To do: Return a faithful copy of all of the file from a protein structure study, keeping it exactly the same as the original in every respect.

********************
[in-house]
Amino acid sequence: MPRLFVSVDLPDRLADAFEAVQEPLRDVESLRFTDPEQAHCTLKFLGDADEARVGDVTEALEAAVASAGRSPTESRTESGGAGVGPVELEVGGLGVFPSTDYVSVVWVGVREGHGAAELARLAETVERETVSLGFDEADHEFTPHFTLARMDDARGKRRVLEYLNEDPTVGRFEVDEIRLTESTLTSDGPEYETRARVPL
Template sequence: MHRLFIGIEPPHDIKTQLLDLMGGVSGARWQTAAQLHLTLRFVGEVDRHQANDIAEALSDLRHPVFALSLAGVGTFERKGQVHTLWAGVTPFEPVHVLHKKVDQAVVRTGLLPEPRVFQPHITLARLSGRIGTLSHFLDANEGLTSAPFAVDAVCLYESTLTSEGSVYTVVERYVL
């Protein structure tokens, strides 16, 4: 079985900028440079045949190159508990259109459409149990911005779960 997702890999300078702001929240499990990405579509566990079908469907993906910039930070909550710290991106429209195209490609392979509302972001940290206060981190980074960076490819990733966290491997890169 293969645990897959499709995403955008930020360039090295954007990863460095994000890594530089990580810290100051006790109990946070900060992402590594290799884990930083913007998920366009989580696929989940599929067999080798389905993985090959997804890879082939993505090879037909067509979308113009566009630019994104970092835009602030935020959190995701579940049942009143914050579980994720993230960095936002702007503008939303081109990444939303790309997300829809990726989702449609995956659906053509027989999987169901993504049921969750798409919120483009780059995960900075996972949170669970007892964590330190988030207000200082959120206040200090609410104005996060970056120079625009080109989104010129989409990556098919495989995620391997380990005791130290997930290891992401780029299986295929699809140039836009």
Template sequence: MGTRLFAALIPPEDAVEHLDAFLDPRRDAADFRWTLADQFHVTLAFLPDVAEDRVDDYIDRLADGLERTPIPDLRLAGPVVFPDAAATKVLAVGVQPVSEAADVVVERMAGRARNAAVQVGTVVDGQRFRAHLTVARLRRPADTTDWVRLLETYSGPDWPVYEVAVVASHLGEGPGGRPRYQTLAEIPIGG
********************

[in-house]
Amino acid sequence: MPRLFVSVDLPDRLADAFEAVQEPLRDVESLRFTDPEQAHCTLKFLGDADEARVGDVTEALEAAVASAGRSPTESRTESGGAGVGPVELEVGGLGVFPSTDYVSVVWVGVREGHGAAELARLAETVERETVSLGFDEADHEFTPHFTLARMDDARGKRRVLEYLNEDPTVGRFEVDEIRLTESTLTSDGPEYETRARVPL
Template sequence: MHRLFIGIEPPHDIKTQLLDLMGGVSGARWQTAAQLHLTLRFVGEVDRHQANDIAEALSDLRHPVFALSLAGVGTFERKGQVHTLWAGVTPFEPVHVLHKKVDQAVVRTGLLPEPRVFQPHITLARLSGRIGTLSHFLDANEGLTSAPFAVDAVCLYESTLTSEGSVYTVVERYVL
């Protein structure tokens, strides 16, 4: 079985900028440079045949190159508990259109459409149990911005779960 997702890999300078702001929240499990990405579509566990079908469907993906910039930070909550710290991106429209195209490609392979509302972001940290206060981190980074960076490819990733966290491997890169 293969645990897959499709995403955008930020360039090295954007990863460095994000890594530089990580810290100051006790109990946070900060992402590594290799884990930083913007998920366009989580696929989940599929067999080798389905993985090959997804890879082939993505090879037909067509979308113009566009630019994104970092835009602030935020959190995701579940049942009143914050579980994720993230960095936002702007503008939303081109990444939303790309997300829809990726989702449609995956659906053509027989999987169901993504049921969750798409919120483009780059995960900075996972949170669970007892964590330190988030207000200082959120206040200090609410104005996060970056120079625009080109989104010129989409990556098919495989995620391997380990005791130290997930290891992401780029299986295929699809140039836009």
Template sequence: MGTRLFAALIPPEDAVEHLDAFLDPRRDAADFRWTLADQFHVTLAFLPDVAEDRVDDYIDRLADGLERTPIPDLRLAGPVVFPDAAATKVLAVGVQPVSEAADVVVERMAGRARNAAVQVGTVVDGQRFRAHLTVARLRRPADTTDWVRLLETYSGPDWPVYEVAVVASHLGEGPGGRPRYQTLAEIPIGG